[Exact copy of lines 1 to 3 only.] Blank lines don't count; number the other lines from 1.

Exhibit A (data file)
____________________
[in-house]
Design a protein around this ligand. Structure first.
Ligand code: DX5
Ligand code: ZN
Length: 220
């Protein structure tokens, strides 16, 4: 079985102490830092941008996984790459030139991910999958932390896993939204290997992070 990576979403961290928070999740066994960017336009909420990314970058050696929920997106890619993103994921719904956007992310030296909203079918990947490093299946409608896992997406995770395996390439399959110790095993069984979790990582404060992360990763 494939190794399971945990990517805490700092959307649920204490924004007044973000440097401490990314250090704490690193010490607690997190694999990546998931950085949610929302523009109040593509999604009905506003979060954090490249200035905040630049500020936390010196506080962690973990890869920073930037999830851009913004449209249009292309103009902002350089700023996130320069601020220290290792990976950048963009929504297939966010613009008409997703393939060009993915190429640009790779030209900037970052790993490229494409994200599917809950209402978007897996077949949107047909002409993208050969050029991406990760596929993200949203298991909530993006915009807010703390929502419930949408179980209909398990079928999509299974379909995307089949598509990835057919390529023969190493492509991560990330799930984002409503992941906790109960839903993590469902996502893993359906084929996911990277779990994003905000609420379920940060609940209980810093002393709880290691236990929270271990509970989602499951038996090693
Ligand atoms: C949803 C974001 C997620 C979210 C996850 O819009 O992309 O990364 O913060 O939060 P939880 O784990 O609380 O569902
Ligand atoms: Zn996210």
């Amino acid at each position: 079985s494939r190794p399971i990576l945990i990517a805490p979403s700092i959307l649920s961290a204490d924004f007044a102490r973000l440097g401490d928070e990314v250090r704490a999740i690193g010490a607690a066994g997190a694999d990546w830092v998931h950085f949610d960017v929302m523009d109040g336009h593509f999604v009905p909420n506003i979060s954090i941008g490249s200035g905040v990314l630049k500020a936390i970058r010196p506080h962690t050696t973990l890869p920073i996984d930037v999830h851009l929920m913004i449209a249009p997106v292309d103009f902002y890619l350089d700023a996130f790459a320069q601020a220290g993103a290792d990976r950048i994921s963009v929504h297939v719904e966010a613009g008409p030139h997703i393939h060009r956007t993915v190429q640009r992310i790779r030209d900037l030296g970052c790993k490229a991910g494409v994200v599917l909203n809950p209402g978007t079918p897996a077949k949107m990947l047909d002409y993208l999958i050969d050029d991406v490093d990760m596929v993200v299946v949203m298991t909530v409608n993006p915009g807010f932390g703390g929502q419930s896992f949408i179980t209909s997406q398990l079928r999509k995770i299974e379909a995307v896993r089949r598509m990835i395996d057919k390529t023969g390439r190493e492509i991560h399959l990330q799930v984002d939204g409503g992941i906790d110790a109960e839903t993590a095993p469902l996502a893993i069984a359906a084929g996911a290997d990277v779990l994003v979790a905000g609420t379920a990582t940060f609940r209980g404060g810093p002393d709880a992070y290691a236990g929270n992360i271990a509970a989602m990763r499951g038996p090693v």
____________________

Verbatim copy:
[in-house]
Design a protein around this ligand. Structure first.
Ligand code: DX5